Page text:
It’s easy to fall into the mind trap of feeling like you never have enough or that you’re not enough.
The thoughts of “I wish I had more money”, “I wish I was skinnier”, “I wish I was smarter”, or even “I’m not good enough to deserve _______”.
It’s as if a scarcity mindset has been wired into our society, into our minds, into our lives. I don’t know about you, but I definitely can say I have said these thoughts to myself at one point or another.
“Look at everything I don’t have!” I sometimes find myself questioning to myself day after day like a broken record, especially when I was at my lowest point.
Yet if there’s one thing that this apparent lack has taught me over and over again throughout time, it is simply this: Whether I recognize it or not, “enough” is already right here, right where it should be.
I don’t have to make more money or achieve more or get more of what I think I need in order to experience “enough.” I don’t have to go looking to external sources of validation or approval in order to find it, and I certainly don’t have to go looking for it, whether it be now or in the future.
There’s no need to look, it’s right here in front of me. What makes a fulfilling life is the relationships we build with the people around us, not how much money or fame we have. A 75-year study conducted by Harvard researchers studying happiness found these found lessons:
- It’s About More than Money and Power The Grant Study’s findings echoed those of other studies — that acquiring more money and power doesn’t correlate to greater happiness. That’s not to say money or traditional career success don’t matter. But they’re small parts of a much larger picture — and while they may loom large for us in the moment, they diminish in importance when viewed in the context of a full life.
- Regardless of How We Begin Life, We Can All Become Happier
A man named Godfrey Minot Camille went into the Grant study with fairly bleak prospects for life satisfaction: He had the lowest rating for future stability of all the subjects and he had previously attempted suicide. But at the end of his life, he was one of the happiest. Why? As Vaillant explains, “He spent his life searching for love.”
- Connection Is Crucial
“Joy is connection,” Vaillant says. “The more areas in your life you can make connection, the better.”
The study found strong relationships to be far and away the strongest predictor of life satisfaction. And in terms of career satisfaction, too, feeling connected to one’s work was far more important than making money or achieving traditional success.
- Challenges –- and the Perspective They Give You — Can Make You Happier
The journey from immaturity to maturity, says Vaillant, is a sort of movement from narcissism to connection, and a big part of this shift has to do with the way we deal with challenges.
Coping mechanisms — “the capacity to make gold out of shit,” as Vaillant puts it — have a significant effect on social support and overall well-being. The secret is replacing narcissism, a single-minded focus on one’s own emotional oscillations and perceived problems, with mature coping defenses, Vaillant explains, citing Mother Teresa and Beethoven as examples.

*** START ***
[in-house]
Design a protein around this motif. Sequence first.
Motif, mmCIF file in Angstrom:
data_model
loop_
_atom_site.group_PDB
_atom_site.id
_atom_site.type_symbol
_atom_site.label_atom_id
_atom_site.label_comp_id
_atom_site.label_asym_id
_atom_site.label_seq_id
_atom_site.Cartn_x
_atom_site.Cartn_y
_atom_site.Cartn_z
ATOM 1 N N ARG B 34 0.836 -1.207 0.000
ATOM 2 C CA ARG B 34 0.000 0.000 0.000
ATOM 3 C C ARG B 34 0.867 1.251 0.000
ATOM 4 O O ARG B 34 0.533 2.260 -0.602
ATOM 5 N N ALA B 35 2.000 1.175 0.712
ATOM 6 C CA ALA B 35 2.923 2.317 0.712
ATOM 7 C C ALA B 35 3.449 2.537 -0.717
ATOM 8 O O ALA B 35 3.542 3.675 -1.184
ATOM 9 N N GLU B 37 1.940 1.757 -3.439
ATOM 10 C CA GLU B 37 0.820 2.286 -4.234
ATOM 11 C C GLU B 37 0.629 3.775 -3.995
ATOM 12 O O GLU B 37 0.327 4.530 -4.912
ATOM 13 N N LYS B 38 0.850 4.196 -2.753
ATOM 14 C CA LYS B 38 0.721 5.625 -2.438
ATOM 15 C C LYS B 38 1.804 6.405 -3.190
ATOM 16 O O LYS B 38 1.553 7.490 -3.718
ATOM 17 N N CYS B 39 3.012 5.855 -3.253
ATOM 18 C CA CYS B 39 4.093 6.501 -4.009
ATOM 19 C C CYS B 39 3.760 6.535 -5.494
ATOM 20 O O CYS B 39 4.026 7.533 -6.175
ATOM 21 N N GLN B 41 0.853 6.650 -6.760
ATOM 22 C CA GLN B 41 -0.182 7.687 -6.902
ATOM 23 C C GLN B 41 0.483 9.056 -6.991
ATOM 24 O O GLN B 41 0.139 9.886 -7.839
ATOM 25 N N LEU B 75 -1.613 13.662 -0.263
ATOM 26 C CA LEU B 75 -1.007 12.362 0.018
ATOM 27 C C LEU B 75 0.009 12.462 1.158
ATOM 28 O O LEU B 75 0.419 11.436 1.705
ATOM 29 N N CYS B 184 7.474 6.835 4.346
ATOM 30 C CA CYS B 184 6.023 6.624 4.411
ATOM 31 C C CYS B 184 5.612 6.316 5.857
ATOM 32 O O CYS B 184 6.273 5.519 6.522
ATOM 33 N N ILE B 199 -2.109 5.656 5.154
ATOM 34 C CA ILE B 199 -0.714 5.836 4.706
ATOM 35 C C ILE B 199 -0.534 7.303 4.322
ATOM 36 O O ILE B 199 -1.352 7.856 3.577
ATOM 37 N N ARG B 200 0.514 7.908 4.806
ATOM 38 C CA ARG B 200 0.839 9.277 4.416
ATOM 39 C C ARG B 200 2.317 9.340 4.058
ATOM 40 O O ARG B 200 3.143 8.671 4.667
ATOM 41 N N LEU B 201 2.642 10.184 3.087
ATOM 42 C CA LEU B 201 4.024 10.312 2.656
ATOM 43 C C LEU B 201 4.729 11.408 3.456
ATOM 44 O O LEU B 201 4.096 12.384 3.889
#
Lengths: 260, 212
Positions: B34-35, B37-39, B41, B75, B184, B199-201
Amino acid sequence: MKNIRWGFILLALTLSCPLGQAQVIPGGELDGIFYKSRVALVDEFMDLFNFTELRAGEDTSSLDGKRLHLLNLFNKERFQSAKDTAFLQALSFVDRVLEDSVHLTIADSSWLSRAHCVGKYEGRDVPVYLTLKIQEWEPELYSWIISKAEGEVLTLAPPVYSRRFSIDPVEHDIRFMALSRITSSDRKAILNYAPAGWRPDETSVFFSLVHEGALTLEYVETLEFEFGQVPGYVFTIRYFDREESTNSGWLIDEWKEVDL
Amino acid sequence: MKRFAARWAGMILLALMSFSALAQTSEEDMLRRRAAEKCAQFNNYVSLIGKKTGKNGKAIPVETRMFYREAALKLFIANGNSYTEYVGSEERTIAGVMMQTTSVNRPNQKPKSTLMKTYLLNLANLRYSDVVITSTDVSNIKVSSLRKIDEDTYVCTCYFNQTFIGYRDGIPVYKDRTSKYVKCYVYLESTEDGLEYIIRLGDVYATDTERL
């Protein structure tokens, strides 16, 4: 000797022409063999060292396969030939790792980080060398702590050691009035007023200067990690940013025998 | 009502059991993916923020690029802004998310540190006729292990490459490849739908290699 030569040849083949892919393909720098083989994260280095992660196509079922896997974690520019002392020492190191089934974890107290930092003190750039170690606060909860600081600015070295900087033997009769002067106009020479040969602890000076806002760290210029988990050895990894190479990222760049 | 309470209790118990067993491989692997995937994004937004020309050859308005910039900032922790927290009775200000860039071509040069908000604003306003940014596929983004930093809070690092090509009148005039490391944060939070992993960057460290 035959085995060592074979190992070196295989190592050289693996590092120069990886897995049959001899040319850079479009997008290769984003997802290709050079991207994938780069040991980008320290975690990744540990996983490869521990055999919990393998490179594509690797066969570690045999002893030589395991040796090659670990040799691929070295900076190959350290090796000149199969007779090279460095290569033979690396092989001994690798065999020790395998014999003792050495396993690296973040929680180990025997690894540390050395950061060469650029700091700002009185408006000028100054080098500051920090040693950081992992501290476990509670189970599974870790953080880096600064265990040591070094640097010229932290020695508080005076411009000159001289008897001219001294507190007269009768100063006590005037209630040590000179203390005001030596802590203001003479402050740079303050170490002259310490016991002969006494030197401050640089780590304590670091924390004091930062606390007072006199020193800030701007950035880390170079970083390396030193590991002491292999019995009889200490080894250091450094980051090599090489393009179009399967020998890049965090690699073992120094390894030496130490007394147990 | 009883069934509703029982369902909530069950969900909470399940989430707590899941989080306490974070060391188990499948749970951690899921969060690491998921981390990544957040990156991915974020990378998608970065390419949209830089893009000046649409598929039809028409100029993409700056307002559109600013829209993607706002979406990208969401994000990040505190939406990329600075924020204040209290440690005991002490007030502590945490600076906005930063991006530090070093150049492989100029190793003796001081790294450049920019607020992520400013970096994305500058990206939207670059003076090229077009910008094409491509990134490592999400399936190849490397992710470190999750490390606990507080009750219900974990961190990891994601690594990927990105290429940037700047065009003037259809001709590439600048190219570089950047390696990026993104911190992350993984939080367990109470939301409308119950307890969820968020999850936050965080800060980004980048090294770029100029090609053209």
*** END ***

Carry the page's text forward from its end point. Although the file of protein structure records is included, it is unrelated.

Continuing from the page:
“Mother Teresa had a perfectly terrible childhood, and her inner spiritual life was very painful,” says Vaillant. “But she had a highly successful life by caring about other people.
Creative expression is another way to productively deal with challenges and achieve meaning and well-being
When I look closely enough, I come to realize the fullness of my love can come in the smallest of forms: The love in my dog’s tail-wag as she greets me as I come home, even if it was just to pop outside to grab something. Hugging my family or my boyfriend when I come home from a long trip overseas. That $5 bill in my pocket that I left to use at a later time. The softness and texture of my sheets as I tuck in for the night. The warming, flickering rays of the sunshine as the shine upon me in the summer and the soup simmering on the stove in the middle of winter.
I already have everything I need. I have all the love, happiness, and money one could ever need to lead a meaningful and fulfilling life.
It is in these moments that my heart swells with gratitude for what is here now: for the smallest sights, sounds, tastes and touches that bring flashes of joy into my being, as if I’d somehow never noticed how ridiculously awesome life has always been…
Read more: http://www.huffingtonpost.com/2013/08/11/how-this-harvard-psycholo_n_3727229.html
I don’t understand why people feel the need to judge others, whether its based off of wealth, beauty, appearance, or intelligence.
First of all who cares. Let people live their life. If you don’t have something positive to say about someone then you shouldn’t have to say it at all or if you don’t mean something don’t bother to say it.
It’s scary to realize how many people fail to realize that words hurt. What we say and do to others matter. Just because you can’t see how someone ‘reacts’ to what you said doesn’t mean that it didn’t hurt them. Building people up starts young. We should work together to build upon people’s strengths and self-esteem. It would go a long way to promoting good mental health.
In truth though, beauty comes from within. You can buy beauty, but you can’t buy class or personality.
Everyone has something to offer to the world. Acceptance and making people feel accepted goes a long way in making the world around us a better place.